Far from the front and away from the TV cameras, yesterday’s huge Remain march unwittingly recreated the Brexit crisis – and the way out of it. Thousands of marchers who joined from the southern end of Hyde Park instinctively headed north into the park in order to curve round to the right and join the huge southbound main flow down Park Lane.
But it was the road to nowhere. Two hours later, at 2 o’clock, we’d gained only a few yards. People were getting impatient, despite knowing the gridlock was a sign of huge success. They’d come to march not stand. Would they miss their coaches back to the four corners of the UK? When someone tried to start the shout, “What do we want?”, the answer was not “People’s Vote”, but “To move!” – to great hilarity.
Dozens began climbing the barriers into the grassy zone separating us from the main flow, so they could rejoin the main Park Lane flow near the beginning. You could say that party discipline began to break down. Others of us kept nudging north: we’d chosen this path, we could see the goal just 100 yards or so away. We were not for turning. We’d invested too much in this route to change it now.
Suddenly we sensed large-scale movement. The entire crowd behind us, backed up across the southern end of Hyde Park, had changed its strategy. Instead of going north in order to go south, it was suddenly flowing directly south en masse, back down towards Hyde Park Corner and into the main flow of the march.
We shrugged, laughed, and turned to join them – abandoning the tiny amount of ground we’d gained in two long hours. It still took another hour – until 3pm, three hours after we’d begun – to finally get out of Hyde Park and into Piccadilly.
But wheelchairs and pushchairs, dogs bearing placards and guide dogs, the young and old, shuffling or dancing to huge sound systems, chanting or silent, we were on the move at last. The back of the march didn’t reach parliament square until nearly 6pm. For me, one million is a very conservative estimate.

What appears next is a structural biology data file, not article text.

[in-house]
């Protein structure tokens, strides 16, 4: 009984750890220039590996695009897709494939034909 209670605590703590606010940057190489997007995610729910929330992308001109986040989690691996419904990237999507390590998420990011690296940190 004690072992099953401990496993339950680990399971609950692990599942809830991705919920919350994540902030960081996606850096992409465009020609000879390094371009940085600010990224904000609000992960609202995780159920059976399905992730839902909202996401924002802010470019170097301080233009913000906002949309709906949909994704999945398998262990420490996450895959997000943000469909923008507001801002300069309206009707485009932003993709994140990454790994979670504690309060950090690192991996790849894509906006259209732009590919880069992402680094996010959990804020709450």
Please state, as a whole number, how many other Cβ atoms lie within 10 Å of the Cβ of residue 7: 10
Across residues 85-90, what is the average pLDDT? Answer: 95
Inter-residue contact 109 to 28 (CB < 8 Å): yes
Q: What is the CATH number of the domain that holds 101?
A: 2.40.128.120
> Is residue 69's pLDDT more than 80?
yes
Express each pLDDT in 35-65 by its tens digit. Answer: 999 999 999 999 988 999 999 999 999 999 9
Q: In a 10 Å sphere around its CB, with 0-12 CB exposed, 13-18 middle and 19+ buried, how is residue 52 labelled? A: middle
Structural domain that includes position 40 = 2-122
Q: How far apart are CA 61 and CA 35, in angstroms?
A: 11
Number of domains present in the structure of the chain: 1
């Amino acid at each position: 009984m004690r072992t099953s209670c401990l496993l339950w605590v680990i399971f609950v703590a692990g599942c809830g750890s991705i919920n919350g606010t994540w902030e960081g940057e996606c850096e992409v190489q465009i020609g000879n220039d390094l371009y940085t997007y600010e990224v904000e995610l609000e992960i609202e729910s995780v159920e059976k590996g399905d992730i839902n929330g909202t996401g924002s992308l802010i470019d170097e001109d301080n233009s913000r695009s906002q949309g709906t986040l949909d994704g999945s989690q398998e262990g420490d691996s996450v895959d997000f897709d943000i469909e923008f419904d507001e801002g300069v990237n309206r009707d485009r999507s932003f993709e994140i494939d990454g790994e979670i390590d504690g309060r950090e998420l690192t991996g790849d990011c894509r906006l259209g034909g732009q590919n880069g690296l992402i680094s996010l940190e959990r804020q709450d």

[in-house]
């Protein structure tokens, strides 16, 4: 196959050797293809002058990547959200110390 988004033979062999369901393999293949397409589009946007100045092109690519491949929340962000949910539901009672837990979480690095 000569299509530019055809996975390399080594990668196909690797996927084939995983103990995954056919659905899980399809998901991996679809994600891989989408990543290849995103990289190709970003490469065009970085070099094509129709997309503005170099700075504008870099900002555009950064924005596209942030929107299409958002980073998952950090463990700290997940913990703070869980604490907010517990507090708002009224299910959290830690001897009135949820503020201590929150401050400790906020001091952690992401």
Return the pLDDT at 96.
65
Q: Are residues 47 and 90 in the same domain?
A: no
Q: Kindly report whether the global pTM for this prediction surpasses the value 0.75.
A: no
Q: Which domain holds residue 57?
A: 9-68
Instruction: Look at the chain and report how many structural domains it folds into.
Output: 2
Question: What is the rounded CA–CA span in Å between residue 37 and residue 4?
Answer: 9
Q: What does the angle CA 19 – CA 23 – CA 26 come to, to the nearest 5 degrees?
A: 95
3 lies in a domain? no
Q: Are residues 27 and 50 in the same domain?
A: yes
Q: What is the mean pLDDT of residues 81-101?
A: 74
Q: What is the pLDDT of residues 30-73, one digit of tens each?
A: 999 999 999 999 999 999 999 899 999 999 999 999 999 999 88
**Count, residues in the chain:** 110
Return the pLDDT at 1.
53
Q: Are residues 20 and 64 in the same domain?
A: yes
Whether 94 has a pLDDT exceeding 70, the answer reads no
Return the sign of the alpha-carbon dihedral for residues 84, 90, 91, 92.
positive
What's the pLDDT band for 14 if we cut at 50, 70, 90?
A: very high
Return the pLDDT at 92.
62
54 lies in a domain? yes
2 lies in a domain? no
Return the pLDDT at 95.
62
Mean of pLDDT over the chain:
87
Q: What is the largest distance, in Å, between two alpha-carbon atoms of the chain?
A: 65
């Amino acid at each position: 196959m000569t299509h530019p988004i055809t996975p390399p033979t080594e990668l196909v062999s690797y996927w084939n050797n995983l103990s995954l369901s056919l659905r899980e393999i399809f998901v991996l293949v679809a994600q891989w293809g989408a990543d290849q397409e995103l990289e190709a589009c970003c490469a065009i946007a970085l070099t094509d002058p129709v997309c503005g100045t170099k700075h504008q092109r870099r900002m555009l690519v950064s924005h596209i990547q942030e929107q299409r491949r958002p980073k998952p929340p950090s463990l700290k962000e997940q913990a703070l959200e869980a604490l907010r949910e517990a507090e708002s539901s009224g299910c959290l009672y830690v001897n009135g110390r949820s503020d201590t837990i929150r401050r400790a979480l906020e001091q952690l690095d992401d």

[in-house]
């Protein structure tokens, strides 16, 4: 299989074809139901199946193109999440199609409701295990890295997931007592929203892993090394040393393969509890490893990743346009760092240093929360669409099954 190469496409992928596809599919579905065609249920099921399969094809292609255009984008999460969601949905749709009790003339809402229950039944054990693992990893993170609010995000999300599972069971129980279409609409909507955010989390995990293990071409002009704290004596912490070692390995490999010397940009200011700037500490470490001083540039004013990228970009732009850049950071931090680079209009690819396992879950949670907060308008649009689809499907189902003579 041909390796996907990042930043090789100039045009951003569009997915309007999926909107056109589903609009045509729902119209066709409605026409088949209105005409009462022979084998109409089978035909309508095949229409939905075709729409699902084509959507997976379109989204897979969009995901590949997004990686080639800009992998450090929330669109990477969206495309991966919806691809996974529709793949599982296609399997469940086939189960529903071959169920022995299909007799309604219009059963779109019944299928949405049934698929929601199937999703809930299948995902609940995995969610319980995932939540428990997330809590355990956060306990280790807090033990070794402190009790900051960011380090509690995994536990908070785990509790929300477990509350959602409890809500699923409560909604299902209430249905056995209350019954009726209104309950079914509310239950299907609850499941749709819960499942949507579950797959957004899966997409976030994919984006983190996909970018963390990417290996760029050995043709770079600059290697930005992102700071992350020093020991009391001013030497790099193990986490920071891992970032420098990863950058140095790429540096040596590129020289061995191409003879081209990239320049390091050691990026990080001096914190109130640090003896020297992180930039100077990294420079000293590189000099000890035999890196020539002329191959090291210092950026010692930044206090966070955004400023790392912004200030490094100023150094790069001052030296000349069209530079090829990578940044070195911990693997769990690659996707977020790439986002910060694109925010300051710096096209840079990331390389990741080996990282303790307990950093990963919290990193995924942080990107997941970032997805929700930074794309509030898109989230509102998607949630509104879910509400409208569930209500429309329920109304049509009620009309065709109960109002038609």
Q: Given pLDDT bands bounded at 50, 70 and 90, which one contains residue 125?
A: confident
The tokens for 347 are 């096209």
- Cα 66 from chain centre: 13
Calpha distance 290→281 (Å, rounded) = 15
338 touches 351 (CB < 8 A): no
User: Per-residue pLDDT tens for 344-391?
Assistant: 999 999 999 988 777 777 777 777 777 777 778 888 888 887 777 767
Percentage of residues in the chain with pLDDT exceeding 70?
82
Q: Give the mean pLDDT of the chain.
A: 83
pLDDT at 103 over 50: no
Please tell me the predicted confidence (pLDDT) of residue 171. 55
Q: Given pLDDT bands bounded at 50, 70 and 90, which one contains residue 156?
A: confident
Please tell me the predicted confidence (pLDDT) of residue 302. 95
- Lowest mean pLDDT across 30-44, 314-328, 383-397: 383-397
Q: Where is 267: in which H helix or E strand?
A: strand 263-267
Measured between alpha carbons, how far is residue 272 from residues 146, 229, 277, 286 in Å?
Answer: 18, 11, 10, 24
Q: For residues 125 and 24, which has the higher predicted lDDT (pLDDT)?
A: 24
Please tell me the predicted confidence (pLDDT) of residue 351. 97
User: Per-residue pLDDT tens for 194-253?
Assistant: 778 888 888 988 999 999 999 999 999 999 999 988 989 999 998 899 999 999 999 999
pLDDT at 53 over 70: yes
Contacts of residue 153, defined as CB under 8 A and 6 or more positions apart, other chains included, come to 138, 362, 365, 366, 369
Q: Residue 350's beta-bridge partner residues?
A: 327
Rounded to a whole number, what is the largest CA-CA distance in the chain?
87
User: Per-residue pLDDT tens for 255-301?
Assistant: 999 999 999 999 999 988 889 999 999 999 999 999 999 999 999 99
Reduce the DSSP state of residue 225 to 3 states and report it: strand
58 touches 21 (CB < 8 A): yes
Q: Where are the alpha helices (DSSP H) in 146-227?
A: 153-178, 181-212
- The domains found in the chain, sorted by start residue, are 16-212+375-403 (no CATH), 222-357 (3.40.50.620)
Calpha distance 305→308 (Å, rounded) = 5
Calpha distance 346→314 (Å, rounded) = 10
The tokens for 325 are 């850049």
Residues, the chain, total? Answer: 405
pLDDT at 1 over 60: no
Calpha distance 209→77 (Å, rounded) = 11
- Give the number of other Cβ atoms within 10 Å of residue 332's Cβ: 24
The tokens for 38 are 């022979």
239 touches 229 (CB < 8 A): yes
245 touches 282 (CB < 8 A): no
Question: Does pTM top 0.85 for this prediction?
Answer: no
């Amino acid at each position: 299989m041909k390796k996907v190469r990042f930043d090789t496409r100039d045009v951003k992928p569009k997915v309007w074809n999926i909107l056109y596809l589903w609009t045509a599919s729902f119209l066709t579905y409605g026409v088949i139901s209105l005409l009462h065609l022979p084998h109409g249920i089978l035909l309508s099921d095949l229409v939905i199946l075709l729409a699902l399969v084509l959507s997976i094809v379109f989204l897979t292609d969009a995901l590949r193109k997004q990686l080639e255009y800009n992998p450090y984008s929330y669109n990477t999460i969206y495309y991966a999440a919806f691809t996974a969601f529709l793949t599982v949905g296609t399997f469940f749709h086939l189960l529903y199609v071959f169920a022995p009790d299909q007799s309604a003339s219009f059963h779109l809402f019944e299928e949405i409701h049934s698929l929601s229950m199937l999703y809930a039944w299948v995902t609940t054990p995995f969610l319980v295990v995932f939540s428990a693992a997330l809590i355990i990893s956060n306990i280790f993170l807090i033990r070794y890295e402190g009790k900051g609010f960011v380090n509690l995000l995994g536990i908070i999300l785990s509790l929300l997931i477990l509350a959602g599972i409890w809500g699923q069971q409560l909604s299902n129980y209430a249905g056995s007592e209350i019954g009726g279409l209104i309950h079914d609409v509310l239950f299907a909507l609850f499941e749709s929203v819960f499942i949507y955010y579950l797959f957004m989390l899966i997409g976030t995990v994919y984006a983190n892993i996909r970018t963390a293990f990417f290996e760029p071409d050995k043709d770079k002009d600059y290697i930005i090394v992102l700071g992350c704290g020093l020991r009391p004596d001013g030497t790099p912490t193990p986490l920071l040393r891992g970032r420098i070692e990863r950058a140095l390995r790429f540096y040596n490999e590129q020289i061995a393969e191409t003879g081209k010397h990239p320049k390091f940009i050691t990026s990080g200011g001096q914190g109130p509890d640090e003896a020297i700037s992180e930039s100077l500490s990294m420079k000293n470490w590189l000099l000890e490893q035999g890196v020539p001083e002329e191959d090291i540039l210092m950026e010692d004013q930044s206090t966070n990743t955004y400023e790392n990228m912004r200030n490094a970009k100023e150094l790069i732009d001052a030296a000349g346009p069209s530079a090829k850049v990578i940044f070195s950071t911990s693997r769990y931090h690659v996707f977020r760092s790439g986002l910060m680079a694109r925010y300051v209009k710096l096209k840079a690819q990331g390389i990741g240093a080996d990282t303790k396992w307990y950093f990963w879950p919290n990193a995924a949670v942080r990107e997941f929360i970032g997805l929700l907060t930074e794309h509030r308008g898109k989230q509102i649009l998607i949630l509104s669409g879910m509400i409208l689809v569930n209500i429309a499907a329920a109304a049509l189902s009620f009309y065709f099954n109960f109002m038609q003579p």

Britain has spent nearly three years trying to head north and curve right, believing the goal is in sight just a few hundred yards away. It’s been slow and painful – no one can dispute that. People have grown weary and frustrated. As in the crowd yesterday, where people could already see they were not on target to miss the coach back, the people of Britain can see things are not going as they thought. They can see that there will be a personal, negative impact on them.
Overwhelming case for change
The case to give up going north and right, and instead to flood back south, into the mainstream, is now overwhelming. Knowing when to do a U-turn is a key skill in many areas of life – including hillwalking, which Theresa May is so fond of.
The economic case is clear – jobs and investment are disappearing, huge corporations and small firms are shipping out, taking their tax dollars and work with them.
The moral case is no less clear. The UK has not just damaged itself, but has been frankly immoral in its treatment of the estimated three million EU27 citizens who came here in good faith to contribute to all levels of our society, to pay tax, to raise families. They are us. UK citizens are also victims: many were left with no vote on a subject that would strip them of the right to continue living where they do, or left with huge uncertainy hanging over them.